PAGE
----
FIRST PERSON - Alex Magno (The Philippine Star) - March 28, 2020 - 12:00am

Among the few small blessings we can count in these harried days of a pandemic is the fact that when this calamity hit us, we were in a strong fiscal position. That allowed us sufficient headroom to mobilize the funding required to fight back.

The strong fiscal position consists of robust revenue flows because of TRAIN, a much lower debt-to-GDP situation, a credit rating just shy of “A”, eminently manageable budget deficits and an unprecedented level of gross international reserves. In addition, our banking system is at its strongest. Market liquidity is good. The BSP plowed in P300 billion to purchase government notes.

As the global economy threatens to crater, we will have enough fiscal tools to break our own fall and conserve our social order. The caveat, of course, is that the pandemic does not last too long and the global economy does not fall off the cliff into the abyss of an unimaginable depression.

Our government, like many others around the world, assumed a “whatever-it-takes” attitude toward this crisis. The timely passage of the Bayanihan Act will enable the national government to scrape together over P250 billion to protect our most vulnerable sectors during this difficult time.

Impressive as that amount might be, that is only for social protection. We will need much more to refloat our economy after this health emergency passes.

Some fundamental shifts have happened over the last few days. Those were shifts for the worse.

Last Thursday (our time), the US Congress passed an awesome $2 trillion funding package to support the American economy. Impressive as that package might be, it is conceded it will not be enough to refloat the largest economy on earth. Most are conceding a massive and heretofore contraction of that economy.

Before that package could even have a calming effect on the global markets, US employment data showed 3.3 million jobless claims filed in a week. That is four times the worst weekly job-loss number on record. Depression, that ugly word we once thought strong central banking made extinct, reappears in the language of some analysts.

Obviously, the longer the pandemic lasts, the bleaker the economic picture. Right now, businesses are just trying to survive. The smaller the enterprises, the more vulnerable they are.

There is no timeline for this pandemic.  We must prepare to battle for the long haul.

Fitch released an estimate that our 2020 economic growth could climb down to 4 percent. Later another institution downgraded our growth prospects further to a bit over 2 percent. Should a global recession take hold, we must prepare to endure zero growth.

Through tough fiscal reforms, we have been able to bring down our debt-to-GDP ratio from over 70 percent to 41 percent. That achievement now gives us some margin to borrow.

The Department of Finance is at work negotiating an additional $1 billion borrowing. The IMF has signaled it could provide that amount, remarking about the country’s excellent fiscal management.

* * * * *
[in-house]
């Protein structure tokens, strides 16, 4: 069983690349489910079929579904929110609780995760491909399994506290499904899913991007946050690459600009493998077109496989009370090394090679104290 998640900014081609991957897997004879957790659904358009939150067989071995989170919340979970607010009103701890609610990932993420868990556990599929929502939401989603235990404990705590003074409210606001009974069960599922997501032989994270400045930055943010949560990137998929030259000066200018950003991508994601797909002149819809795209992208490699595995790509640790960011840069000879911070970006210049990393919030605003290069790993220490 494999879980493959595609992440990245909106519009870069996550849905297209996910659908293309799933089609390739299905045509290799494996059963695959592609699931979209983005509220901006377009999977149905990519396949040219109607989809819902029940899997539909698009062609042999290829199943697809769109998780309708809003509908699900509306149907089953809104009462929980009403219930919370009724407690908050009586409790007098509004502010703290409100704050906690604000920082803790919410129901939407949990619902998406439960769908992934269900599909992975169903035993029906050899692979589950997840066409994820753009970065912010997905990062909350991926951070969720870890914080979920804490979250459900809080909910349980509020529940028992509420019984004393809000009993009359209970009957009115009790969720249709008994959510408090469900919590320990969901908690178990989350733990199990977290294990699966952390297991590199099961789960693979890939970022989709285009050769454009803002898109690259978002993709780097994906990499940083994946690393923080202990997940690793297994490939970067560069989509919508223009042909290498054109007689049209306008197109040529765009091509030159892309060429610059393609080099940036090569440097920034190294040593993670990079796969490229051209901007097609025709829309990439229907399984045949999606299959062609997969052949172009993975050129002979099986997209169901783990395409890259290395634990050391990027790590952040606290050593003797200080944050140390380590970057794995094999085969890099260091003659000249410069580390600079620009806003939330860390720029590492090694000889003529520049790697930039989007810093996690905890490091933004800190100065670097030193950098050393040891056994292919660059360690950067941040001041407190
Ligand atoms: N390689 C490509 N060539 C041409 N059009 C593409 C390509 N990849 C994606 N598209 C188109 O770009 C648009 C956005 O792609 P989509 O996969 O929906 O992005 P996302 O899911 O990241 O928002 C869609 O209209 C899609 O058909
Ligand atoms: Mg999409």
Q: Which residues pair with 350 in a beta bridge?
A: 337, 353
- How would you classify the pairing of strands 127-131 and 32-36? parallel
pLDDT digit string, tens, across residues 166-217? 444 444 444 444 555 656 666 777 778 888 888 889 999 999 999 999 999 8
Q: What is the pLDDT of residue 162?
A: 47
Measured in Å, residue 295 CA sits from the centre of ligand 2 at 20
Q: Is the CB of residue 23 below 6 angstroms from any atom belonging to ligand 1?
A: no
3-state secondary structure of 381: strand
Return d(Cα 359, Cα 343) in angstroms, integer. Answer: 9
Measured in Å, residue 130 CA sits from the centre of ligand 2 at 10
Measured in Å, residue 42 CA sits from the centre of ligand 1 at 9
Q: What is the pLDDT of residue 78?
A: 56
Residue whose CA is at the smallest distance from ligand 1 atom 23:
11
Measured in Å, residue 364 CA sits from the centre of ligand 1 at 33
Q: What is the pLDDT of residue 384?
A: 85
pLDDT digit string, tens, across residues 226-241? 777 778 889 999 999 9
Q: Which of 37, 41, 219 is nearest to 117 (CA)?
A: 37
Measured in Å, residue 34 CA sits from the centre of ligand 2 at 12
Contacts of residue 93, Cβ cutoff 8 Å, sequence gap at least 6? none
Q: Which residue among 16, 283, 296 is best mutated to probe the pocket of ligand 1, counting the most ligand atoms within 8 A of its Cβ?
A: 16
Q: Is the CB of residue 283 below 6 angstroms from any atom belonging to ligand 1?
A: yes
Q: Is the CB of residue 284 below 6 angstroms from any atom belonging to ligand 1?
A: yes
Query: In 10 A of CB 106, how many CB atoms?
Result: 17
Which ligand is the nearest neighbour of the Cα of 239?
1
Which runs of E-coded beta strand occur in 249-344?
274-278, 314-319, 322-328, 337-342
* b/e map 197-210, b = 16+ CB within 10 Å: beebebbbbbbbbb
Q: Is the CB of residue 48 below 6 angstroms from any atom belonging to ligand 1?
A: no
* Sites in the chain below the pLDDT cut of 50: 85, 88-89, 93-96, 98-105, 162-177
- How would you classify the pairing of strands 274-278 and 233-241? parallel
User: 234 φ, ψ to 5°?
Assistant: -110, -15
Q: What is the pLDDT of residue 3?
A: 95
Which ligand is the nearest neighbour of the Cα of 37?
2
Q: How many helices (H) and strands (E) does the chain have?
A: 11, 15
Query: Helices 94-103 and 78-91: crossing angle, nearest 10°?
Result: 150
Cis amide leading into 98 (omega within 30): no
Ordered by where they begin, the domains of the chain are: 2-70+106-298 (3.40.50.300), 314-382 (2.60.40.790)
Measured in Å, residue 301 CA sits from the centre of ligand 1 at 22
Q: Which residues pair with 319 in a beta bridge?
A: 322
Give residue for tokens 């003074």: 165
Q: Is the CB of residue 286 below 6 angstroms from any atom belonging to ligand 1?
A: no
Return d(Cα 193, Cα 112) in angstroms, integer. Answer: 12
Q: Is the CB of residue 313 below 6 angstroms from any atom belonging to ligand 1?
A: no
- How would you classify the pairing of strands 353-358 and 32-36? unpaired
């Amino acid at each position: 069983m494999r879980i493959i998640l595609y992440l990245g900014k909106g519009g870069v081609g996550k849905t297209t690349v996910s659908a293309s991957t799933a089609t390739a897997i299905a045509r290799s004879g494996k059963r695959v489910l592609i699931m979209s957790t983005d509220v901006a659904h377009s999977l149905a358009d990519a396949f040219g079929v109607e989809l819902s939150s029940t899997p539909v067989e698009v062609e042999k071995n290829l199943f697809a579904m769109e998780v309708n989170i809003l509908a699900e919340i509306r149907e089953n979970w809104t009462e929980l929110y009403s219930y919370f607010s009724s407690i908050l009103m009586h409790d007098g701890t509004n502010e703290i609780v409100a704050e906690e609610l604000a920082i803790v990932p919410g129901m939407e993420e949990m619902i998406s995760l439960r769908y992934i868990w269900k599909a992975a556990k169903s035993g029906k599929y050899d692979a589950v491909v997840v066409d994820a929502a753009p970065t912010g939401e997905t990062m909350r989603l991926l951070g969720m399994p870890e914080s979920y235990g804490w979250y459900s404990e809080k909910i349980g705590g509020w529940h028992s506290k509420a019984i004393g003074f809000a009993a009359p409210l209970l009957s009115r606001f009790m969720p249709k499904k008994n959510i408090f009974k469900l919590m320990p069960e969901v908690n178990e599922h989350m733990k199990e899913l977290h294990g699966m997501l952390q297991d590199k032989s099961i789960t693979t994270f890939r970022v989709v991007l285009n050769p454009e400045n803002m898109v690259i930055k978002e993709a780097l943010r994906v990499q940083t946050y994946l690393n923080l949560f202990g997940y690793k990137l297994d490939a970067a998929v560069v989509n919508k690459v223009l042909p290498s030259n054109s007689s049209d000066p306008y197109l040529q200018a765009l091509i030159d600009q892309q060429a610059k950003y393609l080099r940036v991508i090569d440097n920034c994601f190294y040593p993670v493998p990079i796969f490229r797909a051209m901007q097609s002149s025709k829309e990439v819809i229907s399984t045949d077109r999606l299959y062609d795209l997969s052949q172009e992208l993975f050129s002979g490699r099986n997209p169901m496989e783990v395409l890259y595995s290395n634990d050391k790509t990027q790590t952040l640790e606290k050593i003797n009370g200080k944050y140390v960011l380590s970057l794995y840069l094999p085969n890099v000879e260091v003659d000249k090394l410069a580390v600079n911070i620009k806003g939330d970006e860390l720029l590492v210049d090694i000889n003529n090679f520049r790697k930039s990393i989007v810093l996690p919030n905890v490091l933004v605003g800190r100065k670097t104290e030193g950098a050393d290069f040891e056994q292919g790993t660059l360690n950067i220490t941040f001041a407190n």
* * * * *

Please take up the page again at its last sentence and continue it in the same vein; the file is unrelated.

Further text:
Borrowing at this point is necessary. Fortunately, we have the fiscal space to do so.

Given the extent to which interest rates have plunged the last few weeks, borrowing today will certainly be well under the inflation rate. We need the money to purchase medical equipment and medicines. We need the money to reflate domestic economic activity.

Our economic managers have indicated we might extend deficit spending to 5 percent of GDP. We tried very hard to keep the ceiling of 3 percent despite an aggressive spending program to build infra and drive growth.

Even the 5 percent ceiling could be breached. Expect revenues to fall as economic activity is curtailed during the lockdown. Many enterprises are in danger of bankruptcy. Even the earnings of the largest conglomerates will be limited by all the donations they are now making to help in this battle.

San Miguel Corp., whose sales account for 6 percent of the country’s GDP, appears to have thrown making profits out of the window. Ginebra San Miguel has shifted production from liquor to sanitizing liquids. San Miguel Foods pushed valiantly to keep production levels going during the lockdown and larger placing orders for raw materials to ensure food availability. This week, the conglomerate donated over half a million kilos of rice for the poor communities in the metropolis.

The conglomerate’s generosity is impressive. But it also means they will be paying less taxes over time. That will affect our fiscal bottom line.

Even as we still do not see the light at the end of the proverbial tunnel, we should start planning for recovery.

The reforms of the last three years reflected in dramatic poverty reduction from around 23 percent in 2016 to about 15 percent before this health crisis descended upon us. The crisis could push that poverty rate back up. But at least we have somehow reduced the burden of caring for the vulnerable at the onset of this critical episode.

As is always the case, the poor will bear the larger sacrifice in coping with this crisis. It is correct that the alleviation measures and the recovery plan we will eventually fashion put priority on helping the poor over any other consideration.

No one knows how much we will need to spend in fighting this pandemic over the next few months. No one knows if we had hit bottom yet. We fight this long battle on a day-to-day basis.

It should be comforting to note that we entered this battle with some amount of fiscal strength. That will be invaluable at this moment as we try to raise the resources we need to win this.

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